Mandello del Lario meets the Springfield Mile: Moto Guzzi V9 Tracker


Heritage, history, origins—sometimes to take a really cool leap forward, you have to take a thoughtful look back. That’s exactly what Motovida of Kelowna, British Columbia, Canada did when creating its Moto Guzzi V9 -based Tracker. They re-imagined the Moto Guzzi V9 as an 850cc V-twin, shaft-driven boomer for the flat track, but remaining street legal.

In recent years, MotoVida’s Chief Creative Officer Brent Giesbrecht developed a strong affinity for flat track racing. With the left-turn-only style of flat track racing bikes for configuration inspiration and other styling cues drawn from the 1970s, Giesbrecht and the MotoVida shop melded those influences into their 2017 Moto Guzzi V9—based Tracker.


The Matty Paziuk paint job was inspired by an advertisement for a 1976 Ford Econoline van, while the black and white contrasting houndstooth and piping for the Naugahyde seat design was done by Dan’s Place Custom Interiors based on the interior of a late 1970s Camaro.


Gone are the stock cast aluminum alloy wheels replaced with more period-correct polished aluminum rims laced to Moto Guzzi Nevadahubs and the stock shaft final drive retained. Monashee Manufacturing created a mating adapter to correctly space the rear hub. The stock front and rear 16” street tires are replaced with 18-inch rear and 19- inch front Avon Trailrider tires. The Brembo calipers and stainless steel drilled discs were retained.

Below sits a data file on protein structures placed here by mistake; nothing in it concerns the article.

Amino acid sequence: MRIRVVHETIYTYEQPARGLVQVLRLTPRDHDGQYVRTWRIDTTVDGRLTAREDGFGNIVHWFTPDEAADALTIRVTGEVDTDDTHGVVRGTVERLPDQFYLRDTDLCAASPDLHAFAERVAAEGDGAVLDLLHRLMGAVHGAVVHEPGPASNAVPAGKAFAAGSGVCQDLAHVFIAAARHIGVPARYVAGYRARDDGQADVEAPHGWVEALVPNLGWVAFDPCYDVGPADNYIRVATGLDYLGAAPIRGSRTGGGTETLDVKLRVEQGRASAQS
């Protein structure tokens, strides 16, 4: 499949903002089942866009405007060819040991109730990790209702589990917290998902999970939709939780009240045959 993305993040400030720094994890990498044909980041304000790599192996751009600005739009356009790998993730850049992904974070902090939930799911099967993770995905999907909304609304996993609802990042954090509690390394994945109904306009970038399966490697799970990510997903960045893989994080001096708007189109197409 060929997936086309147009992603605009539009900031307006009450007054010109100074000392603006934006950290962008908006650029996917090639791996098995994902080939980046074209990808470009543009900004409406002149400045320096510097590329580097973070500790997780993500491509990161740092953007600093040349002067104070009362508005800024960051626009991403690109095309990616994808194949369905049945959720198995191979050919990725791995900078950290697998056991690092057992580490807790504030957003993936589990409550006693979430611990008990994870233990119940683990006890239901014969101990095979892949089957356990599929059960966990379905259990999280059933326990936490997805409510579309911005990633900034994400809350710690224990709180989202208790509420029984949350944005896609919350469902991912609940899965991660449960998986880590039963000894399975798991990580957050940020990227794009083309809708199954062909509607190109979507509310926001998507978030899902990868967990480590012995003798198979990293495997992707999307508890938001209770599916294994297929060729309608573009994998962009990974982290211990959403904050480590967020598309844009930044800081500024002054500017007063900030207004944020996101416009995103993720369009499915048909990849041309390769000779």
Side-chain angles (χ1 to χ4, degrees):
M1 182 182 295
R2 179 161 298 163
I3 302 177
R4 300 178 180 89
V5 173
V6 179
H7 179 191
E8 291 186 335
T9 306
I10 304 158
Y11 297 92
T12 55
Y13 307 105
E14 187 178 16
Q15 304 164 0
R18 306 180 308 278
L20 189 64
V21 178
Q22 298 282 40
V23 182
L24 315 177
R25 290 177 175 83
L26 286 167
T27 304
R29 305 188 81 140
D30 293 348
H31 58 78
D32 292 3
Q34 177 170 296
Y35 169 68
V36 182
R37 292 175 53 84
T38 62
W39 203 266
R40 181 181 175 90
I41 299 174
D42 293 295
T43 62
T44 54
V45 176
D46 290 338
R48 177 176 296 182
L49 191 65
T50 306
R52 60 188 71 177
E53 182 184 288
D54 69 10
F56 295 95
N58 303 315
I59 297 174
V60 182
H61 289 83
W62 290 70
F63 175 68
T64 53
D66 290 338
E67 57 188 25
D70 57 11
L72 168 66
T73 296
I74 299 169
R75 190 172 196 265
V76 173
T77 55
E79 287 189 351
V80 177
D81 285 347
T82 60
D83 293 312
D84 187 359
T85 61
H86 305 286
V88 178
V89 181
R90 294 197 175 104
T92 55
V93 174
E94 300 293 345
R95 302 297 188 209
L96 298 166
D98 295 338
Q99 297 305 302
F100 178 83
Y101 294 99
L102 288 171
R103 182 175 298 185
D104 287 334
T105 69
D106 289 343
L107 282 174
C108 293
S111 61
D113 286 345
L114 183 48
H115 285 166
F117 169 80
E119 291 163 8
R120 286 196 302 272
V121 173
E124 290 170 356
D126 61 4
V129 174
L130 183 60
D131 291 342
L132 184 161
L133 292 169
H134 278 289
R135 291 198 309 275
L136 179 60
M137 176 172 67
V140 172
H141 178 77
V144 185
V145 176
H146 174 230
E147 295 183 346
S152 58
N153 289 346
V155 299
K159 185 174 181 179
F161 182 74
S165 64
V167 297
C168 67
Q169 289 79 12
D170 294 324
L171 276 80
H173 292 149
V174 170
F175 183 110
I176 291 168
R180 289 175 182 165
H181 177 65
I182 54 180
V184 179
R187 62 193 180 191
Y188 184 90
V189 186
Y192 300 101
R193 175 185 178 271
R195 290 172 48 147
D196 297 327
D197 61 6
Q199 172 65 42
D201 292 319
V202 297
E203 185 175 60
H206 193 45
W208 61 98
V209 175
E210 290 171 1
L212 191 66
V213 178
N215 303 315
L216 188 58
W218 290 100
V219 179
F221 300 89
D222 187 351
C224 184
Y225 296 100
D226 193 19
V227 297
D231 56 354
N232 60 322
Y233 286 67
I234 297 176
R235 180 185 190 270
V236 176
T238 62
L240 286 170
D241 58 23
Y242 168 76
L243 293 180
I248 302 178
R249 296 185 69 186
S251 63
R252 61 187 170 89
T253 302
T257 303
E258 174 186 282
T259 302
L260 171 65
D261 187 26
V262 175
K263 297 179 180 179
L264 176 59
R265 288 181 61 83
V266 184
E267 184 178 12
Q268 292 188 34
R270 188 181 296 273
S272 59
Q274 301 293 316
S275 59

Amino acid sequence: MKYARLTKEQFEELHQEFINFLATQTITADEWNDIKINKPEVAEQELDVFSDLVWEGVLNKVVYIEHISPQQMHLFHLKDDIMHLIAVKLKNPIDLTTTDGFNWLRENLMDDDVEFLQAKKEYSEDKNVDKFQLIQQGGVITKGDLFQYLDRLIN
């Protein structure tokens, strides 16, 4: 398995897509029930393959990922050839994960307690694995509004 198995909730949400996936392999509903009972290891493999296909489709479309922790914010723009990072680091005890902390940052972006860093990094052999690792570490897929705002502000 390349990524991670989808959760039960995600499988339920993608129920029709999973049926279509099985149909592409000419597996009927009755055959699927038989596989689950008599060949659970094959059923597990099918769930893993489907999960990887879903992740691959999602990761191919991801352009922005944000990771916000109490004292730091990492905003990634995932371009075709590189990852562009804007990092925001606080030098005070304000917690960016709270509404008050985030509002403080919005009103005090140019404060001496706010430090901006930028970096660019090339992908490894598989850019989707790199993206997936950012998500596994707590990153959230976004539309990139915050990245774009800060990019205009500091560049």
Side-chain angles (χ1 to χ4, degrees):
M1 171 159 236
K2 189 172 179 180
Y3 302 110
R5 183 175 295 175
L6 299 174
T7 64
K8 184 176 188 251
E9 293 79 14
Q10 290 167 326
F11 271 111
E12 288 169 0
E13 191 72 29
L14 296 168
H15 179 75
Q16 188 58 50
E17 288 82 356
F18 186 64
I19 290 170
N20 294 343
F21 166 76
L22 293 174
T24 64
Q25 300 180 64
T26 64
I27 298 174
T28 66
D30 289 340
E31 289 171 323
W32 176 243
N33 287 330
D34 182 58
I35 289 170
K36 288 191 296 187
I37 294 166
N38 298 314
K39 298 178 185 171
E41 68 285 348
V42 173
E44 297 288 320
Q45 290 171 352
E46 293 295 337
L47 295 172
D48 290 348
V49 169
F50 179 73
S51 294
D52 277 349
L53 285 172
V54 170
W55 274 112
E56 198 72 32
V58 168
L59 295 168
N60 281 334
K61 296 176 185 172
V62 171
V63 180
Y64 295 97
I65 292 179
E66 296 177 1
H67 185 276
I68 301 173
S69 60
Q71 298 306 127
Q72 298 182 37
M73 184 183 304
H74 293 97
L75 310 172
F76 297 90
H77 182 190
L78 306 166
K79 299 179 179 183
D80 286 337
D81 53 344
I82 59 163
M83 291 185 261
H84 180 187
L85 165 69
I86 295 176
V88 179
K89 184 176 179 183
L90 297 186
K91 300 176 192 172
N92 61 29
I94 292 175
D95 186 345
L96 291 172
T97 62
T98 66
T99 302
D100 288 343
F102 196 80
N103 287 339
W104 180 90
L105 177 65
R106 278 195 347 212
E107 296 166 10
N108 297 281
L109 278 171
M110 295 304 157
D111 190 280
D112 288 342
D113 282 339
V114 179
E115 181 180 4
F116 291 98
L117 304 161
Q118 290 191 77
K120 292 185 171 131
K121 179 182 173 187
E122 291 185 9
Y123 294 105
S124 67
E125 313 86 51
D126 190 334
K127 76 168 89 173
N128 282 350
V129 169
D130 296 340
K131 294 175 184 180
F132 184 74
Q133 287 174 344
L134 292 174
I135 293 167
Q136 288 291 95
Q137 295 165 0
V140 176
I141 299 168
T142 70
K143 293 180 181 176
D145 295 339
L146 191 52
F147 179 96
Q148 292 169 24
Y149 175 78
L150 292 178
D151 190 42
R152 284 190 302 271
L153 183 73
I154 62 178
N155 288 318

The stock twin rear shocks were replaced with Bitubo shock absorbers with a twelve-setting spring preload adjustment in rebound and compression. The conventional stock front forks were retained.

The stock V9’s 90° transverse air- and oil-cooled 850cc v-twin engine with aluminum cylinder heads, cylinders, pistons, and one-piece Marelli electronic injection system is retained, but it’s plain that the motor has a lot less bike to propel than the stock 199kg (438.7 lb.) machine. That said, performance may take a bump up thanks to custom headers designed by Roger Goldammer mated to SuperTrapp mufflers.


The hand-built tank is notched to accommodate the engine’s cylinder heads and keep the center of gravity as low as possible. Likewise, the tail, seat, headlight assembly and headstock number plate are all hand-fabricated. The stock headlight unit is replaced by a pair of LED lights that peer through openings in the front number plate. Smaller, lighter fenders replaced the stock units. Safer turns and lane changes are facilitated by Rizoma bar end turn signals.

The stock ALS steel twin tube cradle chassis was largely unchanged, but the passenger pegs are gone and the front peg mounts were relocated six inches aft. Flatter, wider handlebars and more dirt-oriented grips were mounted.

MotoVida says creation of the Tracker took a little over four months from concept designs to completion. They point out that the V9 Tracker “is a fun bike that goes faster, handles better, pops with color and is, ultimately, a combination of Italian quality and style with good old North American dirt track fun. In Brent’s words, it’s a ‘pairing of Chianti and 7-Up.’”

Photo credit: Darren Hull